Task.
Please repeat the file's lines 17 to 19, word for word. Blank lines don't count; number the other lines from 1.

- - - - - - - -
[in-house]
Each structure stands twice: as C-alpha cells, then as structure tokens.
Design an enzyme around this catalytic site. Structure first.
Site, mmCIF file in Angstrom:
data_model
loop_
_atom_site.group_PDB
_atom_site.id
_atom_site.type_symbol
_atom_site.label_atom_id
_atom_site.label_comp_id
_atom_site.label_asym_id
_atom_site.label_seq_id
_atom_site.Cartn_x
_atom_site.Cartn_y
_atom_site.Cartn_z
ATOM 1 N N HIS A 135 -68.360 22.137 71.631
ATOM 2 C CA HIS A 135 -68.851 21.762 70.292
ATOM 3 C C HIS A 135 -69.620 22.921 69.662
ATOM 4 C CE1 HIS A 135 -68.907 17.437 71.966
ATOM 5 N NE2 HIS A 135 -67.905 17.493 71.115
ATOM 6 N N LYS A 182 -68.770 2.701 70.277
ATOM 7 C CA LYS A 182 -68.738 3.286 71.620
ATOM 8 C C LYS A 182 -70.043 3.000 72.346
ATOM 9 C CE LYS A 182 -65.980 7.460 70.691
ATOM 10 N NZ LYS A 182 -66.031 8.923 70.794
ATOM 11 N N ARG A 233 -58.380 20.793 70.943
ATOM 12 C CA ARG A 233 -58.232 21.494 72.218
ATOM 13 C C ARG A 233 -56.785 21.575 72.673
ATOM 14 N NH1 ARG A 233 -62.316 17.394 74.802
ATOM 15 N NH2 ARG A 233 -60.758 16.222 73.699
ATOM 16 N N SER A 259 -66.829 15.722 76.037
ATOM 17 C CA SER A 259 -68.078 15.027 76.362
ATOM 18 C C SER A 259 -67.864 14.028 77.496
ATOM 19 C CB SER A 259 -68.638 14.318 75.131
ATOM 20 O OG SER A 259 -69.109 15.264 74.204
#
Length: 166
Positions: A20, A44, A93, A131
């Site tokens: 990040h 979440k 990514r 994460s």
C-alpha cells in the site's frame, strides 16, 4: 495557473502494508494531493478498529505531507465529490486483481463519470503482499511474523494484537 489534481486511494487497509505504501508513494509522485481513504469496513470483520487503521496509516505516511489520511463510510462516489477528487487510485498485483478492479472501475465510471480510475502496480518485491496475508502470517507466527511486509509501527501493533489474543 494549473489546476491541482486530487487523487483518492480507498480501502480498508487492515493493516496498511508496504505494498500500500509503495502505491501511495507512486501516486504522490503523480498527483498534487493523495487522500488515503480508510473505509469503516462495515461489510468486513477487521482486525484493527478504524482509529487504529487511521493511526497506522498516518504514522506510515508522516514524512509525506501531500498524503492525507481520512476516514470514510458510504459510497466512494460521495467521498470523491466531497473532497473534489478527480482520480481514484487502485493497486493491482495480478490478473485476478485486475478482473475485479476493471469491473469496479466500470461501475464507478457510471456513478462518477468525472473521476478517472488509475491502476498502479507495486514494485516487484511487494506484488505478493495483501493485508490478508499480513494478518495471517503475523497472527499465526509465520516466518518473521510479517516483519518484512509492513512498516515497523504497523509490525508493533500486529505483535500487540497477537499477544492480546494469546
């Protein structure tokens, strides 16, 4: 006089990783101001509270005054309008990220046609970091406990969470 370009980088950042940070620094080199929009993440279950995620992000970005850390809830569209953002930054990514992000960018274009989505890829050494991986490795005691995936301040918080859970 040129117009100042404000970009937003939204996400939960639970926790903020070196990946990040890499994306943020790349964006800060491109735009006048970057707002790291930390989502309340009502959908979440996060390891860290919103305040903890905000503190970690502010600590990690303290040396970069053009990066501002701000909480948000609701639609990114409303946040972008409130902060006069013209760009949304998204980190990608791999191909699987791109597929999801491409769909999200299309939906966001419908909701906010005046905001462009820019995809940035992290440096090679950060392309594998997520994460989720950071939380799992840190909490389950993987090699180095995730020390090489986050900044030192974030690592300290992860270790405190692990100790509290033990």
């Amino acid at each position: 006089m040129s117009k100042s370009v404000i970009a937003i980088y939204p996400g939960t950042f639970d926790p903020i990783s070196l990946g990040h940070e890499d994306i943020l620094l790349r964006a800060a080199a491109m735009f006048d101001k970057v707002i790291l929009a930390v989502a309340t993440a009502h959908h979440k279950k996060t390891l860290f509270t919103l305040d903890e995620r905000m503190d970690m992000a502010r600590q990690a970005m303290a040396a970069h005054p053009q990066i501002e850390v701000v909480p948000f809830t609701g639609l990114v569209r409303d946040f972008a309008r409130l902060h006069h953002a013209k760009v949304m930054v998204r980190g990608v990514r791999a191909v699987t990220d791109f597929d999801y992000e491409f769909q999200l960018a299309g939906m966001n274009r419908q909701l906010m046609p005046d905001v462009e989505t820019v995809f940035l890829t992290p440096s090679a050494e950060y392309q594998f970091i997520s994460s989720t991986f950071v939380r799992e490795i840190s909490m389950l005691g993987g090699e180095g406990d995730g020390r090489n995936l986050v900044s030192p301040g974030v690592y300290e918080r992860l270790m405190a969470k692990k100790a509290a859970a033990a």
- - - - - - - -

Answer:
ATOM 1 N N HIS A 135 -68.360 22.137 71.631
ATOM 2 C CA HIS A 135 -68.851 21.762 70.292
ATOM 3 C C HIS A 135 -69.620 22.921 69.662